Innings end South Africa 242 (De Kock 84, Bavuma 51, Starc 4-71, Hazlewood 3-70) v Australia
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Moonda: South Africa blown away by pace and bounce
Quinton de Kock led a fighting lower-order effort from South Africa, but Australia could still claim to have been on top at the WACA after dismissing the visitors for 242. Mitchell Starc took four wickets and Josh Hazlewood claimed three as the South Africans were bowled out in the 64th over, after Faf du Plessis won the toss on a good batting pitch.
South Africa resumed in the final session at 7 for 175 and added a further 67 to their total for the loss of the last three wickets. Debutant Keshav Maharaj struck a quick 16, including a daring six over long-on off Starc’s bowling, before he was the first man out after tea, caught at long-on when he tried to send Nathan Lyon over the boundary.
De Kock fell in the next over, caught at midwicket pulling Hazlewood, for 84 off 101 deliveries. At times de Kock played as if this was a one-day innings, and having come to the crease at 5 for 81, he did well to push South Africa as high as 242. His two key stands were a 71-run partnership with Temba Bavuma and then a 48-run combination with Maharaj.
The innings ended when Starc bowled Dale Steyn for 4, leaving Kagiso Rabada unbeaten on 11. Starc finished with 4 for 71, a fine outcome given his lack of match practice due to a nasty training injury sustained last month, and Hazlewood ended up with 3 for 70. Shortly before tea, South Africa had lost Vernon Philander, who played on trying to pull Starc on 10, and it could have been a quick finish after that, if not for the tail-end fight.
De Kock and Bavuma – in their 11th and 12th Tests respectively – had started the South African fightback before Bavuma was sharply taken at short leg by a diving Shaun Marsh off Lyon’s bowling. Bavuma had looked solid in reaching 51 from 86 deliveries, driving through the off side effectively and working runs off his pads.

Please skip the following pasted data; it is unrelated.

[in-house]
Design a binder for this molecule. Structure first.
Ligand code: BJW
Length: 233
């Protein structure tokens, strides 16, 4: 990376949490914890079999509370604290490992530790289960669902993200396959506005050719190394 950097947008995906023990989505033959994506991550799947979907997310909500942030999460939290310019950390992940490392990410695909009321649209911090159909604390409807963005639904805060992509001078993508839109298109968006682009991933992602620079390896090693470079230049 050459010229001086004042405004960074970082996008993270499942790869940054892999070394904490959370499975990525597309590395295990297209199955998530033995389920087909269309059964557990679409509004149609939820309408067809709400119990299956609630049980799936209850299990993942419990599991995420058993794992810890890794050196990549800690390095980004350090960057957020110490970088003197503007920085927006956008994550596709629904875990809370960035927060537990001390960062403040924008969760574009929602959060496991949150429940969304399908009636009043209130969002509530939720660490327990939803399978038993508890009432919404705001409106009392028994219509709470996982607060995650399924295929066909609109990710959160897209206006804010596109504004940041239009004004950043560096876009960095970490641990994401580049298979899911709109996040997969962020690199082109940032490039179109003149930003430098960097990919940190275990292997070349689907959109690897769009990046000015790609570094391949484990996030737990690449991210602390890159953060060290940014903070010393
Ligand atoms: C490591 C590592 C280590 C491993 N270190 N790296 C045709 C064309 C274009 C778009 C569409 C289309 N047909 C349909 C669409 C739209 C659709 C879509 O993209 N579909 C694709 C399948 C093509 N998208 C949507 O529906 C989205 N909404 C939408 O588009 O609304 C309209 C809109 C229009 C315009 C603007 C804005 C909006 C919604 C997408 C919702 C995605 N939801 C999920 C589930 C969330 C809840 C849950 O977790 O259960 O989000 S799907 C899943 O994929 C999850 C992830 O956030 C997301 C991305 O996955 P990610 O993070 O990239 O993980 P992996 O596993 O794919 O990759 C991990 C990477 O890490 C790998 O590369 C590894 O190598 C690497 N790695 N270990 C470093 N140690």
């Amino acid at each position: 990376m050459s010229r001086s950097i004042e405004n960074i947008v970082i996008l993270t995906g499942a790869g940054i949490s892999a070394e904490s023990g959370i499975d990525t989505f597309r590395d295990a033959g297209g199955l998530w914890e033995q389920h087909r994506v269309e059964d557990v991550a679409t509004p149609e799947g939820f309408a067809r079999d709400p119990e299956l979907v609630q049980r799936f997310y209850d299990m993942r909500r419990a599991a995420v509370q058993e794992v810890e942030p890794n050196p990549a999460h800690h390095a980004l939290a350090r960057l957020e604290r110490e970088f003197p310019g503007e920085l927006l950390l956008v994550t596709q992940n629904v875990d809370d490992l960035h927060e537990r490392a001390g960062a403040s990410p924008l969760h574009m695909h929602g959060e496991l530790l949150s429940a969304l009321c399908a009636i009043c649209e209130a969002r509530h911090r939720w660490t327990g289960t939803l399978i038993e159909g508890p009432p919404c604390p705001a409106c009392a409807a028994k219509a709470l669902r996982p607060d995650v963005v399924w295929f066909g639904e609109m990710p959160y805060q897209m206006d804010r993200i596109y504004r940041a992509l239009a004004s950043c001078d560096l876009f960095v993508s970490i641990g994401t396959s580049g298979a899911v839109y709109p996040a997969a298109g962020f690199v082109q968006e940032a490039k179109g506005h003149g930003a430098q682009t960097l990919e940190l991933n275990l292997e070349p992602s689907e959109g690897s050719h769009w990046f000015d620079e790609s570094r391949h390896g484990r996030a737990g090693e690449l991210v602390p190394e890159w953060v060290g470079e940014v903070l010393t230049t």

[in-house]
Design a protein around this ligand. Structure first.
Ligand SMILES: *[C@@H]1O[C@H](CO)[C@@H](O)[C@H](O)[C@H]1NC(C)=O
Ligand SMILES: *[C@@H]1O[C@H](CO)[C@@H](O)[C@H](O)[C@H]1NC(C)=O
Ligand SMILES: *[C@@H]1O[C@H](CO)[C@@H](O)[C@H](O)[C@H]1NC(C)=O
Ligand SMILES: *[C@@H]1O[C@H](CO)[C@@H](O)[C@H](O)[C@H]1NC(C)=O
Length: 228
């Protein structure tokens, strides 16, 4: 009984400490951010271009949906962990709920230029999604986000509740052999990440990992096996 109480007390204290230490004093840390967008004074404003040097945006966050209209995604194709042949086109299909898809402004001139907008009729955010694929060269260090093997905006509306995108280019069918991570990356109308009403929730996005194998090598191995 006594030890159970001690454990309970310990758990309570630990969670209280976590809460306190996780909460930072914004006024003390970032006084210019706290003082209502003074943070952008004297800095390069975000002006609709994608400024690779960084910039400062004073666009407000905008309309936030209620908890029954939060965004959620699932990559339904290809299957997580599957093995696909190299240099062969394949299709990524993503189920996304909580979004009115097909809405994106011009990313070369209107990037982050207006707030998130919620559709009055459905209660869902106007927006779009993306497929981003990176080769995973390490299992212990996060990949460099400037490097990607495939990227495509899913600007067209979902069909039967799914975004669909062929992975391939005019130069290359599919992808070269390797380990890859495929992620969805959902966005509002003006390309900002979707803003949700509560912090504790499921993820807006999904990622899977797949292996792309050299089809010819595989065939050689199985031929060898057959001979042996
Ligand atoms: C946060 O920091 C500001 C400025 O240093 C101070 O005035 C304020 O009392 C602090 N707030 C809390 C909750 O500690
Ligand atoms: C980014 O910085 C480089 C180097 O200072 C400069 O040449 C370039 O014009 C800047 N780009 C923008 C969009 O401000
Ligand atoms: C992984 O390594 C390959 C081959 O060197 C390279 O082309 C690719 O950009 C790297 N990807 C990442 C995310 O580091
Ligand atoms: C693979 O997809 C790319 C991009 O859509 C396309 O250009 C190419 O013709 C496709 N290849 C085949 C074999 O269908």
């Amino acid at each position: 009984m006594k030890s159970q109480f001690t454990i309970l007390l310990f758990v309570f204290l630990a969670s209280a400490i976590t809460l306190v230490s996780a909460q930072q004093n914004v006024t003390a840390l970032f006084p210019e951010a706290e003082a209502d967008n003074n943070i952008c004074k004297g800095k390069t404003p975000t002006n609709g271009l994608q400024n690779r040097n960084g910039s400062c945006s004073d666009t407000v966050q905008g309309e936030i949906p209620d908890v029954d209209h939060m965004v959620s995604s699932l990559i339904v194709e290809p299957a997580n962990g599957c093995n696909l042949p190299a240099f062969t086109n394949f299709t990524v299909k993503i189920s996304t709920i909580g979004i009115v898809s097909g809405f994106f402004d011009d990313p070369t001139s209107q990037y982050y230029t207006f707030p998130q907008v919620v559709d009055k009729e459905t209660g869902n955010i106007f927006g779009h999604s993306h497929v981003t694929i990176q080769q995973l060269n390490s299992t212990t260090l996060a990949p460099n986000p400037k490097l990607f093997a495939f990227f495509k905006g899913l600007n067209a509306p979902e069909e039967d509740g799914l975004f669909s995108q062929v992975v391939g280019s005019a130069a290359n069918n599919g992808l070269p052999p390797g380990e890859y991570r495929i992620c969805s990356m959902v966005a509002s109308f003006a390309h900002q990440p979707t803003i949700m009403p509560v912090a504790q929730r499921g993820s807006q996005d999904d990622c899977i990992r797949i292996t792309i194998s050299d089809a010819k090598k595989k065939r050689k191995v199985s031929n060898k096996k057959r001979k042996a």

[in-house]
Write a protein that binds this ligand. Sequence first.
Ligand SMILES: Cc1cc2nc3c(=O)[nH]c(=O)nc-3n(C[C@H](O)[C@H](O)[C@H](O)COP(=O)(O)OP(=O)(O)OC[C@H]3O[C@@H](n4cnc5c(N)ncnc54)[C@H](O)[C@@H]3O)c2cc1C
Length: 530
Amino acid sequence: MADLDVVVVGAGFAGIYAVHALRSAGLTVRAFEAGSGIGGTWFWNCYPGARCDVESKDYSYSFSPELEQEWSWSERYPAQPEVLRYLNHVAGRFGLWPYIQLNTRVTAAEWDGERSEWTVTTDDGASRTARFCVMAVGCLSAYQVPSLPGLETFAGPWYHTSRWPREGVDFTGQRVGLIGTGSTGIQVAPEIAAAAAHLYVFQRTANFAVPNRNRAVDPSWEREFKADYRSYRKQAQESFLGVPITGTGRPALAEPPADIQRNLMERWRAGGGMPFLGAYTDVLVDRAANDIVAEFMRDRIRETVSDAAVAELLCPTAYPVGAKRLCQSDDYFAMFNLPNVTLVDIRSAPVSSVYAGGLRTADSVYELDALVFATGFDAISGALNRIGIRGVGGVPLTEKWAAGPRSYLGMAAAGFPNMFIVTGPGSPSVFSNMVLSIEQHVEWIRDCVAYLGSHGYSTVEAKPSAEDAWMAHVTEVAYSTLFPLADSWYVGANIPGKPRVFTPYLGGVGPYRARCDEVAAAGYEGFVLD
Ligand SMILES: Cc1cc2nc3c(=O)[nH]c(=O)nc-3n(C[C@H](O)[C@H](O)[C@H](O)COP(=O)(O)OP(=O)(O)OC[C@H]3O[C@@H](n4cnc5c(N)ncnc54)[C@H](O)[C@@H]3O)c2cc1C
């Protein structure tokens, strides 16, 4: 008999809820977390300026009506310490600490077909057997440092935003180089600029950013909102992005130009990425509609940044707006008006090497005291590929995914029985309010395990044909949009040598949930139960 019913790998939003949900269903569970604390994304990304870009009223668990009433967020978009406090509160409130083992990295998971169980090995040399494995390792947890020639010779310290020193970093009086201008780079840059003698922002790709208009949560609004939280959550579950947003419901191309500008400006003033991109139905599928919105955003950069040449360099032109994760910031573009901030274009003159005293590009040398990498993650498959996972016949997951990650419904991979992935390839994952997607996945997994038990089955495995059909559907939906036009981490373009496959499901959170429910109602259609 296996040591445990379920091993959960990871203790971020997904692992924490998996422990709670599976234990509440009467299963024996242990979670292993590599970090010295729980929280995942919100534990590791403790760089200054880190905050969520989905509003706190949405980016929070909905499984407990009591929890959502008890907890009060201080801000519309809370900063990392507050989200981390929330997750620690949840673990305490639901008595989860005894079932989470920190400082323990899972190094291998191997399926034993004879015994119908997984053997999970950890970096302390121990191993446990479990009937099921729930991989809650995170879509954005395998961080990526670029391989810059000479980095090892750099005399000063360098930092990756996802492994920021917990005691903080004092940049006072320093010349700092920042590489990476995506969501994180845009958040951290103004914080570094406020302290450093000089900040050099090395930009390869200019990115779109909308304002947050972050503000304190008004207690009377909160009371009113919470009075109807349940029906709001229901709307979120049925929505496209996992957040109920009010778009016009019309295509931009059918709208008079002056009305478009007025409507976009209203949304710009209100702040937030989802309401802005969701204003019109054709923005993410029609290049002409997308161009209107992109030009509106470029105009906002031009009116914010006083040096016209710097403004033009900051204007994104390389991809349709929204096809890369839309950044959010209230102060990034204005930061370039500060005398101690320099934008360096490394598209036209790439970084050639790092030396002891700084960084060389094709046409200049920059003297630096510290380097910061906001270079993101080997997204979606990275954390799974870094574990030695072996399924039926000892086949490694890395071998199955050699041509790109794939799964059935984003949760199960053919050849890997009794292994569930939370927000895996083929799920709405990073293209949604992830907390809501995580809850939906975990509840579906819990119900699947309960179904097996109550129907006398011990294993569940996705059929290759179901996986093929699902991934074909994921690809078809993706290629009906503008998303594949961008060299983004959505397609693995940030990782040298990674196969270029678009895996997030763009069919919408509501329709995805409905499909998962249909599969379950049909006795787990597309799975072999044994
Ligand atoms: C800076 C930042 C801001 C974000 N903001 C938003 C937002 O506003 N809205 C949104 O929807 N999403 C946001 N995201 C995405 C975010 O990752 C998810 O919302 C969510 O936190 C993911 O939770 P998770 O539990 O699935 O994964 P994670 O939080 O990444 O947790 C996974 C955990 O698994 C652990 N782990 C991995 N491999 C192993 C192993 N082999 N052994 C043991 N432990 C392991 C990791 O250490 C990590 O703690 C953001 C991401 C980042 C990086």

For the 19th time since the start of last year, Starc struck in the first over of an international innings, the opener Stephen Cook his victim. Cook had been in shaky form during South Africa’s warm-up matches against second-string opposition, and it was no preparation for facing Starc with the new ball. The fourth delivery of the game moved away just enough, and Cook’s thick edge was snapped up by a diving Mitchell Marsh at gully.
A bigger blow was to come for South Africa in the fourth over, when Hashim Amla was done by the subtle variations in Hazlewood’s swing, his edge comfortably taken at second slip by Steven Smith. Like Cook, Amla had failed to score, and South Africa were 2 for 5.
Hazlewood picked up his second wicket when his accuracy left Dean Elgar muddled as to whether to play or leave a delivery just outside off stump. In the end, Elgar tried to whip his bat out of the way at the last moment, but the ball kissed his edge on the way through to Peter Nevill, and he was out for 12.
Siddle then gave Australia’s selectors reason to pat themselves on the back for his inclusion, striking in his third over when he had JP Duminy caught behind for 11. The ball nipped back in between bat and pad and Duminy, given out on field by umpire Nigel Llong, asked for a review. Replays showed the ball had indeed flicked his leg on the way through to Nevill, but suggested there had also been a thin inside edge.
Although Du Plessis and Bavuma saw South Africa through to lunch without further loss, du Plessis did not last long upon the resumption. On 37, he edged Starc to Adam Voges at slip, which brought de Kock and Bavuma together. A fightback was coming, but plenty of work remained ahead of the South Africans at tea.
South Africa were 4 for 32, but Bavuma and du Plessis managed to see off any further threats before lunch during a 46-run stand. Du Plessis was watchful, but found five boundaries when the opportunities arose, and Bavuma looked solid at the other end.
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Source: ESPN Crickinfo